INDIANAPOLIS — Lucas Havrisik had just left Sunday Service when the call came in. Chase McLaughlin was in Kansas City auditioning with the Chiefs when the news broke.
For each player, the reaction was the same when approached by the Indianapolis Colts to attend a tryout to become the team’s next kicker. They jumped at the chance to participate in Tuesday morning training.
But, in the end, the Colts opted for an unconventional solution that, arguably, isn’t an answer at all. Havrisik and McLaughlin were signed to the Colts’ practice squad on Tuesday after the team waived Rodrigo Blankenship, who missed a game-winning field goal attempt Sunday at Houston. The Colts settled for a 20-20 tie with the Texans after the miss with 2 minutes left in overtime.
What we are left with is a sub-optimal situation. The Colts do have an in-season kicking competition. Indianapolis is expected to promote one of the new kickers to the active roster to handle punting duties in Sunday’s road game against the Jacksonville Jaguars (1 p.m. ET, CBS).
If you’re wondering why the Colts are in this difficult position, it’s largely a problem of their own making. Somehow, a team notorious for flipping every stone in search of gems to fill the bottom of their roster managed to mess up one of the team’s most important positions.
The Colts may have avoided this problem by bringing in better competition for Blankenship during training camp, or perhaps by drafting a kicker. The Cincinnati Bengals drafted Evan McPherson in the fifth round last year and he helped the Bengals reach the Super Bowl. The Colts haven’t drafted a kicker since Dave Rayner in 2005.
The Colts’ doubts about Blankenship were apparent long ago when he remained on injured reserve last season, even after recovering from a season-opening hip injury. The Colts instead stuck with Michael Badgley for the remainder of the season. And when the team held an off-season competition for Blankenship, it was Jake Verity – a player who had never converted a regular-season kick and lost the position battle after a tough month in camp. coaching.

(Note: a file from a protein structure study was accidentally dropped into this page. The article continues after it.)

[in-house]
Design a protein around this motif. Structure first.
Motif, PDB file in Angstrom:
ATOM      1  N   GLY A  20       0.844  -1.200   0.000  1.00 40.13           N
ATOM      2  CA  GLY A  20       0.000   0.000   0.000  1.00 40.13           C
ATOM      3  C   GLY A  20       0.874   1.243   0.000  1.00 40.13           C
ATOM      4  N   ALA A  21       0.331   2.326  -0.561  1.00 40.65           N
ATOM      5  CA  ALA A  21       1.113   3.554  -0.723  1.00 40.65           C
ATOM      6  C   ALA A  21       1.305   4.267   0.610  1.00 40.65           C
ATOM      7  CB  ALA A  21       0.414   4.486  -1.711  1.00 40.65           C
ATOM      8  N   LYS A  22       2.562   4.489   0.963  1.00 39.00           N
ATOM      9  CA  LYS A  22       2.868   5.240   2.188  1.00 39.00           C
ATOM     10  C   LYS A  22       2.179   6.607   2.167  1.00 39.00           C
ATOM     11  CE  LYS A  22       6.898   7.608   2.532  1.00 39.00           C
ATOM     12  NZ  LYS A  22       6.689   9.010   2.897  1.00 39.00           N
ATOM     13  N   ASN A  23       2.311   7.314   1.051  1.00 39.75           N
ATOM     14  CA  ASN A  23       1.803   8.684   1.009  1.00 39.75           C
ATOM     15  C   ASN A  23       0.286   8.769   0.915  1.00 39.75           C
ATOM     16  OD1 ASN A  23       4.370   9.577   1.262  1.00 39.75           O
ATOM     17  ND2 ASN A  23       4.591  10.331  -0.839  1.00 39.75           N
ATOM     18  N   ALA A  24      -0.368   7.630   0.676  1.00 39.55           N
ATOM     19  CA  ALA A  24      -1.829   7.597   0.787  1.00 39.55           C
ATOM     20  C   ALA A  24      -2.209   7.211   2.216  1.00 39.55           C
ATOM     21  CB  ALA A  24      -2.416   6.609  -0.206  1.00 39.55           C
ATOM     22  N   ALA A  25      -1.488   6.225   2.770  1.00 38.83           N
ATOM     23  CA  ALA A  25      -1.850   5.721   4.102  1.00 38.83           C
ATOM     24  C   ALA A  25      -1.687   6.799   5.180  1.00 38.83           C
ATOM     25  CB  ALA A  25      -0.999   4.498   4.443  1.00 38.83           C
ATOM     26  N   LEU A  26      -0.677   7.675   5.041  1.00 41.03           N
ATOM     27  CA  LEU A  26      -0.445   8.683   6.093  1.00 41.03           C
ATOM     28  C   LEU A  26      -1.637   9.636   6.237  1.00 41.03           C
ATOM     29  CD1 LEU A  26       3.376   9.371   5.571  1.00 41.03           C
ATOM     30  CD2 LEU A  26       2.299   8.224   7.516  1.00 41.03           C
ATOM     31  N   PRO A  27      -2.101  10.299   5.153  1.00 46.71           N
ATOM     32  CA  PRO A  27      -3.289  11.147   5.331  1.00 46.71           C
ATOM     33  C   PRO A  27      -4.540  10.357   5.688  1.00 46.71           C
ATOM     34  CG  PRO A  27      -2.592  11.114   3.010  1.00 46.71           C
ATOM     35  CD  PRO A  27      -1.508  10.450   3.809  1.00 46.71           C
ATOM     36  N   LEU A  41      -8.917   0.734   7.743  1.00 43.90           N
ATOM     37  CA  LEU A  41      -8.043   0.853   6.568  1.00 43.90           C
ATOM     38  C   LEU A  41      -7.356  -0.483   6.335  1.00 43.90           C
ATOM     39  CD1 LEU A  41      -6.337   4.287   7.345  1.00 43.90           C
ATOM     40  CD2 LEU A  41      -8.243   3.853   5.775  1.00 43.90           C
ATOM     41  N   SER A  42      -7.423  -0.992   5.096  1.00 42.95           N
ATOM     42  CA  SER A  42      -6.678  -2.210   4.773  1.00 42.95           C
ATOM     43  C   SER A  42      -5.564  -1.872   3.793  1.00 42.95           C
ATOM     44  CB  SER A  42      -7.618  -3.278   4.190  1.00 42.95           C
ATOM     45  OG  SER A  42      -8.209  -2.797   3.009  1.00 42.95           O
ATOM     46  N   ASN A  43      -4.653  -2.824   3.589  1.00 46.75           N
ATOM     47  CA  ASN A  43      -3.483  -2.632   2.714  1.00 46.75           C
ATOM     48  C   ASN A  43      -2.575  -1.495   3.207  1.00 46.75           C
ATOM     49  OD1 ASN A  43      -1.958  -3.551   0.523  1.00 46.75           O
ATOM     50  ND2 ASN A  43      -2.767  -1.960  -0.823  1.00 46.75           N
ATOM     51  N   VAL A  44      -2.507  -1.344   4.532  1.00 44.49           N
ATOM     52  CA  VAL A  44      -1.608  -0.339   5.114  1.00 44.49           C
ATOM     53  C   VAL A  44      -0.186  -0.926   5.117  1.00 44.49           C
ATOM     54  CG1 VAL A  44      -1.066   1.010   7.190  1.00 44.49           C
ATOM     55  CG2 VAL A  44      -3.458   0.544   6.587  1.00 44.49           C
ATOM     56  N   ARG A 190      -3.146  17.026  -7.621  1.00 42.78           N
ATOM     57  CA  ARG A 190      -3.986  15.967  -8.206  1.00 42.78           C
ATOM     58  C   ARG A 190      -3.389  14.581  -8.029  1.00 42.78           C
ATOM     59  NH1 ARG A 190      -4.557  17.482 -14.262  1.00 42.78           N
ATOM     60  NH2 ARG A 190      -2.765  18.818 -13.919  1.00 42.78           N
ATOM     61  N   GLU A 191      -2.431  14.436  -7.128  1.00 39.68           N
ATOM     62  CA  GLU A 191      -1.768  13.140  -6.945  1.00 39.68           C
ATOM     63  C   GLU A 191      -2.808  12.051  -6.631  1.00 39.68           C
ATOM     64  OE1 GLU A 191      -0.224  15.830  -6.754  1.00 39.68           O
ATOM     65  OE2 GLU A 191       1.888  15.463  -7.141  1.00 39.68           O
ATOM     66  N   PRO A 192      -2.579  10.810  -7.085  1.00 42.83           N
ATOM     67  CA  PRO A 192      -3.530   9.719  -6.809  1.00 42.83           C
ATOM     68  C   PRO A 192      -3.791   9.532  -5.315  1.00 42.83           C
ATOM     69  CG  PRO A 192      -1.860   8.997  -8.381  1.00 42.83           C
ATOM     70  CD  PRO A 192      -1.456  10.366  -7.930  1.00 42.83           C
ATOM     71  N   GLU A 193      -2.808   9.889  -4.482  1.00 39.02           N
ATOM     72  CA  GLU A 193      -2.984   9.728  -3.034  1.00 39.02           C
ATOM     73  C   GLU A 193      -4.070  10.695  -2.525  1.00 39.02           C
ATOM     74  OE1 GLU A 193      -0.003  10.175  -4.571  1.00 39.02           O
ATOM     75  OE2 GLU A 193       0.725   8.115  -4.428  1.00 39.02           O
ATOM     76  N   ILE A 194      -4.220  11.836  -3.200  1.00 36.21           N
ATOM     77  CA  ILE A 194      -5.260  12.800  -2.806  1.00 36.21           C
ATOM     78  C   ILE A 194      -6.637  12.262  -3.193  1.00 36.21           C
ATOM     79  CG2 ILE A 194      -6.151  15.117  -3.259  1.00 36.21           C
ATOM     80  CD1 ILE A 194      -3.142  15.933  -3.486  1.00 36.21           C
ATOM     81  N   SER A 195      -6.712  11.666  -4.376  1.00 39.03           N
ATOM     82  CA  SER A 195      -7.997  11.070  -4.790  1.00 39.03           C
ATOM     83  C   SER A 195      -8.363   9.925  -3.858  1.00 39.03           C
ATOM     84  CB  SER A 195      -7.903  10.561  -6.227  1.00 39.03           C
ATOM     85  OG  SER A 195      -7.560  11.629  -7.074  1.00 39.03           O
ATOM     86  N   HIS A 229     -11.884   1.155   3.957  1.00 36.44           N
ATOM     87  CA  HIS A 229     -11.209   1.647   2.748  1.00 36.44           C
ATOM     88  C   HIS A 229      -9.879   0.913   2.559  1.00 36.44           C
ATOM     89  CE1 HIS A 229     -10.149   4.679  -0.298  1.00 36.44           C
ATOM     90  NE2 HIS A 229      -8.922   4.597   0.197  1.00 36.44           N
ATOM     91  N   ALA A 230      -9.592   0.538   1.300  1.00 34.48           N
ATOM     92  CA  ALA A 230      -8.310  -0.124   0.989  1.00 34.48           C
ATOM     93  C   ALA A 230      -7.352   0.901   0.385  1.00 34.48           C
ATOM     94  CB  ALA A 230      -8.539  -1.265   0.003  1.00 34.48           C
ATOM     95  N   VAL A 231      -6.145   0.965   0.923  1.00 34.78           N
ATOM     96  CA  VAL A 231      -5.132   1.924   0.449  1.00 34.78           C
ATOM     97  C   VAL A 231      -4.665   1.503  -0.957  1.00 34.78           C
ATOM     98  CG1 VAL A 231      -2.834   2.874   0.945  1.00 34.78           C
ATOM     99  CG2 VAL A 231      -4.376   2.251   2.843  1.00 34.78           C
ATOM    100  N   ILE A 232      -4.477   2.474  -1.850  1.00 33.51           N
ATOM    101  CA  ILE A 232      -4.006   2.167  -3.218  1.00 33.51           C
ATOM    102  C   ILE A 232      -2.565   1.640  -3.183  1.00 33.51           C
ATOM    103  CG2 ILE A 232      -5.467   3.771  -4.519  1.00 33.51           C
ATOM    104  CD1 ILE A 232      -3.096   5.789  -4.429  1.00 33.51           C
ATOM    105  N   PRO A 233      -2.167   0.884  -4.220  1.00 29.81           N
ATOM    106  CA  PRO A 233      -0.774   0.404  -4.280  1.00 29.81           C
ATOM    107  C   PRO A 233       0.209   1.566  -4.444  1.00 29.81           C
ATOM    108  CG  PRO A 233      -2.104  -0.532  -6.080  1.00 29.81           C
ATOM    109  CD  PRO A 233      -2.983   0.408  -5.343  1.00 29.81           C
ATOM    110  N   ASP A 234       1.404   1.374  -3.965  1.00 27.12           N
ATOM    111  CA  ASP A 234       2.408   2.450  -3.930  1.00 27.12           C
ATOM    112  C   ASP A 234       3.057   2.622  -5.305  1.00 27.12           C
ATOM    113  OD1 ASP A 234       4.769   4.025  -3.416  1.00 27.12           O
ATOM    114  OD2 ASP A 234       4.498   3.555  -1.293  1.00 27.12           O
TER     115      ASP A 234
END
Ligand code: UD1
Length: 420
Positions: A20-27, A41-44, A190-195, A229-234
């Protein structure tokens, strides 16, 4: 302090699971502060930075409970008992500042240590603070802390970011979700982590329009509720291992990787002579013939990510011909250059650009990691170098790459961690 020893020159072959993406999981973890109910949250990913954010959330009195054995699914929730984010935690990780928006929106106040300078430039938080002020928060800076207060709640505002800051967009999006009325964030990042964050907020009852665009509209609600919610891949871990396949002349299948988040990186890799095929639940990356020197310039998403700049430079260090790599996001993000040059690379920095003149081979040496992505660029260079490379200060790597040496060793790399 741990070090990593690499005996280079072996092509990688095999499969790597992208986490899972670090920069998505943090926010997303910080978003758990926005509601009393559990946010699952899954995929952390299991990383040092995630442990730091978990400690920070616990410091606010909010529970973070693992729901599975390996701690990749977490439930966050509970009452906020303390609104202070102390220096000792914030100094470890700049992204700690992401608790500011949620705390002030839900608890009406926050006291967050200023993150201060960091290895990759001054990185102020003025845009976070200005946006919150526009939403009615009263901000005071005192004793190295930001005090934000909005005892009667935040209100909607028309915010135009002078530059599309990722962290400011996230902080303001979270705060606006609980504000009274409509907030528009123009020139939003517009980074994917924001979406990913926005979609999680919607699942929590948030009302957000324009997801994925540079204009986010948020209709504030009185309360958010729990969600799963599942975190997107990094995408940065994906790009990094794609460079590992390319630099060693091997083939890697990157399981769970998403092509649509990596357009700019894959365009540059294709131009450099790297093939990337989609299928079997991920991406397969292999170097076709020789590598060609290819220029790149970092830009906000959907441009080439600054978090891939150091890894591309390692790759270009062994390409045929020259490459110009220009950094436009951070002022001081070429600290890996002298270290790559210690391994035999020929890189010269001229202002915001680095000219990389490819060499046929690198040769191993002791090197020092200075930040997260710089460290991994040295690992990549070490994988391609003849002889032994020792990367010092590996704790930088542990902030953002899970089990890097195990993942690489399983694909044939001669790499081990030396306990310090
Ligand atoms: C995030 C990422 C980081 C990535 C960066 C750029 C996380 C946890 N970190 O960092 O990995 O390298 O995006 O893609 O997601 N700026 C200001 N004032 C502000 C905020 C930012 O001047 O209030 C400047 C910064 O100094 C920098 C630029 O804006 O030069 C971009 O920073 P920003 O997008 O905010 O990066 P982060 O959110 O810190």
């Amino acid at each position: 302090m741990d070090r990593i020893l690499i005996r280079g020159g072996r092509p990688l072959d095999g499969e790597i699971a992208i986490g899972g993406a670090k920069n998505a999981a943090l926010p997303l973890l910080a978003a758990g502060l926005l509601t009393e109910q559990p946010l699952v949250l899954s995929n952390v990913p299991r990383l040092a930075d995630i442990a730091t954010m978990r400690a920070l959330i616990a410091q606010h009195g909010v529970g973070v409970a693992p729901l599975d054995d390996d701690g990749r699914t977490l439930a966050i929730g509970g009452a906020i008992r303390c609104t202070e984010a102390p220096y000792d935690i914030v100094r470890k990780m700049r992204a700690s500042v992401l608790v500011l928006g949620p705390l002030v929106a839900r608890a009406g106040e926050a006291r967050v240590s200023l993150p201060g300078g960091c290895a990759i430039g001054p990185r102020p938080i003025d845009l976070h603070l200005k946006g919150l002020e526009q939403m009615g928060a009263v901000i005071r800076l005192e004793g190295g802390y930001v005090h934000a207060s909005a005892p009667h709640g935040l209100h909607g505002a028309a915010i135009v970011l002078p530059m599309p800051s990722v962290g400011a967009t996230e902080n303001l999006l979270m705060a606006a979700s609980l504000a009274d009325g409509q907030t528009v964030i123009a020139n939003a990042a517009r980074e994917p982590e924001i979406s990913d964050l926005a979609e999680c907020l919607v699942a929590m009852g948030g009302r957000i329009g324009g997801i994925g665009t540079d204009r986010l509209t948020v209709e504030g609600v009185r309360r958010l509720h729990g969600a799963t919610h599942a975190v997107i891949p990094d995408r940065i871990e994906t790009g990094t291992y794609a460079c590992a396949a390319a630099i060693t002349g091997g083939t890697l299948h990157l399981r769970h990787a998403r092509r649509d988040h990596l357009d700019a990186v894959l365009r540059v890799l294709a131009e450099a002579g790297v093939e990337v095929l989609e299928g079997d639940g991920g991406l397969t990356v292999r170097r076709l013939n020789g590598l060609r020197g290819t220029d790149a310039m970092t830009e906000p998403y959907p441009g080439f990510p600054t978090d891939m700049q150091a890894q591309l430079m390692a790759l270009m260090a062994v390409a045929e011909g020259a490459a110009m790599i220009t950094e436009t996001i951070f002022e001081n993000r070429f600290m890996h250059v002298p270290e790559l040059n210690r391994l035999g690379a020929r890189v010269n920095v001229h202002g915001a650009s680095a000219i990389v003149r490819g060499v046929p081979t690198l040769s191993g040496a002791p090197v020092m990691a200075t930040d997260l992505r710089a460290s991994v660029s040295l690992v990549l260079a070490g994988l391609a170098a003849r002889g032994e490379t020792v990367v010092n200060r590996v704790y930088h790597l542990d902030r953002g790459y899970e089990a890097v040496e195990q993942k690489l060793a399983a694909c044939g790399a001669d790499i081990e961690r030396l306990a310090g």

Now, after the Colts’ worst fears about Blankenship were realized in the very first game of the season, they face the prospect of spending the foreseeable future with an unstable kicking situation. The reluctance to commit to either Havrisik or McLaughlin suggests the team isn’t sure either is a solution throughout the season.
“It’s a situation entirely up to the front office,” McLaughlin said. “Whatever is best for the organization is what they’re going to do. I’ll just take it like I’m the guy.
Said Havrisik: “You can’t be twisted into the kicker psyche everyone is talking about. But it is difficult, because you want to be perfect, but you might have difficulties here and there. It’s all in your head. You just have to stay confident up there. And when you struggle, bouncing back is everything.
For the kickers, this latest twist in their respective paths was met with a shrug. Companion kickers are quite accustomed to the challenges that come with the nomadic lifestyle.
McLaughlin said he spent time on 10 different teams during his four years. This is actually his second stint with the Colts after playing for Indianapolis for part of the 2019 season.
“It’s part of the job,” said McLaughlin, who has converted 75.5% of his attempts in his career. “Hopefully I can change that and make it a home.”
Havrisik attended the Colts’ rookie minicamp in May, but the invitation to training camp he thought was imminent never materialized. He recently moved from his native Riverside, California to Tucson, Arizona where he played at the University of Arizona. His original plan: to find a job—money was tight—to make ends meet while working on his kicks on campus.
The rookie finished his Arizona career with a shaky 64.2% accuracy rating on field goals. On the other hand, he connected twice on field goals for 57 yards, setting a school record.
Meanwhile, the Colts are hoping the solution to their problem currently lies in their locker room. If not, look for the kicking situation to be a recurring storyline in this season of high hopes.
“Sometimes in this business you just need to change what you think is best,” coach Frank Reich said. “It was a tough decision, but we felt we had to make it.”
The Colts can only hope this will be the last kicking change they are forced to make.